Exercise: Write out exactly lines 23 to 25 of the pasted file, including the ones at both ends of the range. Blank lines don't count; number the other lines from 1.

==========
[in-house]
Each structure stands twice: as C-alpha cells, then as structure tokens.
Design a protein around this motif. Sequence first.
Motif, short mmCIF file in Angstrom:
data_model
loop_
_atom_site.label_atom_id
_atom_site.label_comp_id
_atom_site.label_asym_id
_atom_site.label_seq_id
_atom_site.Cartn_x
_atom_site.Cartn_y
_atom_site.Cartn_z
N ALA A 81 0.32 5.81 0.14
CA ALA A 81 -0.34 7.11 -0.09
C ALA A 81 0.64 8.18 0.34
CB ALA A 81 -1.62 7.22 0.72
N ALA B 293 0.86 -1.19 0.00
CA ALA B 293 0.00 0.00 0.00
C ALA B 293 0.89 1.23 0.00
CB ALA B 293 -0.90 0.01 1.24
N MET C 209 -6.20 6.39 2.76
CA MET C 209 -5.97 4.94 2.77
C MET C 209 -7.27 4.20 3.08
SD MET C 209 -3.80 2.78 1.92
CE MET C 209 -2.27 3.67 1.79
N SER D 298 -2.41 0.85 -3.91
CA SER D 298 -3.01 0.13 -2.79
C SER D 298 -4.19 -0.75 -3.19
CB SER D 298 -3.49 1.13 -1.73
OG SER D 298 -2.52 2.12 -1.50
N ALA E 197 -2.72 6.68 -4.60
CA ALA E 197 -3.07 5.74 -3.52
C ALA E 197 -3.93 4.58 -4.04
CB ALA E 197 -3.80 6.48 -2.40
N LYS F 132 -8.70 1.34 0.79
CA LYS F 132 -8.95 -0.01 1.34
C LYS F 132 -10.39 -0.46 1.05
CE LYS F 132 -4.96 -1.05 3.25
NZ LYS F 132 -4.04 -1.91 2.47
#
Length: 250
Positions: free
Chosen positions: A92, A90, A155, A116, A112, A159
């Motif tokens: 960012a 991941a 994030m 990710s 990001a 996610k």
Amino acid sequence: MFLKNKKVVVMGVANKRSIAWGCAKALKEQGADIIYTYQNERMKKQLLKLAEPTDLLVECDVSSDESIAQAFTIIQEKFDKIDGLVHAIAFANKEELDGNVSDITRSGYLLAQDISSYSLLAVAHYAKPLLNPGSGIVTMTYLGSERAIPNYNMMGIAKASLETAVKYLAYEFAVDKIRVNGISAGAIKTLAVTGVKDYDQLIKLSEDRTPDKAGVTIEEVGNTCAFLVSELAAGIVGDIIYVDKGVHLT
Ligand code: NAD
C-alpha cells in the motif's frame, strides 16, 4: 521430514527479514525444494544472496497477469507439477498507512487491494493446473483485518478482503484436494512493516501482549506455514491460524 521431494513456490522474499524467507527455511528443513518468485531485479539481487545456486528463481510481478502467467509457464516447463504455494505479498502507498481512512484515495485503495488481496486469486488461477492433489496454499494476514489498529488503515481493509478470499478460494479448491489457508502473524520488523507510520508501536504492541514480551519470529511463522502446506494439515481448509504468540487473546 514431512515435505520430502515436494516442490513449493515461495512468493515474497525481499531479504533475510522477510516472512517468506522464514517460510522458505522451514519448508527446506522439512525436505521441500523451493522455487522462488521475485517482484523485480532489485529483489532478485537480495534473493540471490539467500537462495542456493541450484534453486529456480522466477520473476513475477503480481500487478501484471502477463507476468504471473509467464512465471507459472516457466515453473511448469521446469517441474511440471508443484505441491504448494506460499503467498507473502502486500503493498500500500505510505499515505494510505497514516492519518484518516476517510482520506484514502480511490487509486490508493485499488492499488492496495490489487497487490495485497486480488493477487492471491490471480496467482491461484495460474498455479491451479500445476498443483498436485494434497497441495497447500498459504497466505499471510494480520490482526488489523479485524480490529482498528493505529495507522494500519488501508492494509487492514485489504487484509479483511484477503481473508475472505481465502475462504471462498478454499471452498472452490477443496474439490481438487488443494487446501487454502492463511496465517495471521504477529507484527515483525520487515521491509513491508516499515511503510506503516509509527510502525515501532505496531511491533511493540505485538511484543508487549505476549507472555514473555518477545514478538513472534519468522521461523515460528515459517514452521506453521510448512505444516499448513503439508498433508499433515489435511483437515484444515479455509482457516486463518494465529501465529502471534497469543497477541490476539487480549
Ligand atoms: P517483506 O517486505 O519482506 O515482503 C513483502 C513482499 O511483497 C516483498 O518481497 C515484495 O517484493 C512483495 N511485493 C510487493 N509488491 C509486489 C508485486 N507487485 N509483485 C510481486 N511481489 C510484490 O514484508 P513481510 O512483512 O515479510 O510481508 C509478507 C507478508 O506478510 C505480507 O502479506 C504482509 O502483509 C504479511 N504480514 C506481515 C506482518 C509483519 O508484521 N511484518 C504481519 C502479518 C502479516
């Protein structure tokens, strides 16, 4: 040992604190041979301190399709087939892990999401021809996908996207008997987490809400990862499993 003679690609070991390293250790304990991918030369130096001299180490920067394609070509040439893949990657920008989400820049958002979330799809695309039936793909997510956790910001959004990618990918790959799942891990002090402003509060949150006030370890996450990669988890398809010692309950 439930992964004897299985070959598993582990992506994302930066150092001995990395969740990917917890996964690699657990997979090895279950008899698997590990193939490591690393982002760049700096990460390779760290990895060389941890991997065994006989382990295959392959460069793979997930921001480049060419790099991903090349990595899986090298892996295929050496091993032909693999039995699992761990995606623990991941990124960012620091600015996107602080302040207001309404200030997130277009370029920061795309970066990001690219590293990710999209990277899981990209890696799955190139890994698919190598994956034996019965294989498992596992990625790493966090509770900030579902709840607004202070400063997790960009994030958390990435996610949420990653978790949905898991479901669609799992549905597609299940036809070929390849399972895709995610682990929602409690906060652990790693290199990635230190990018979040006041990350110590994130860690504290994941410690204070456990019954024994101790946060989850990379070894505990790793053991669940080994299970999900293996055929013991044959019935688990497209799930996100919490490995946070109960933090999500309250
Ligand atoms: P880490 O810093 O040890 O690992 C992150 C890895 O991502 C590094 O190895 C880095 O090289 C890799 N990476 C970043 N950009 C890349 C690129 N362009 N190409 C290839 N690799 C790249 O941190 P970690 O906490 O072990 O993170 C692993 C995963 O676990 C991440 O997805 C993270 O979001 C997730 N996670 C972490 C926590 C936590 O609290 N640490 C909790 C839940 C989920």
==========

CA MET C 209 -5.97 4.94 2.77
C MET C 209 -7.27 4.20 3.08
SD MET C 209 -3.80 2.78 1.92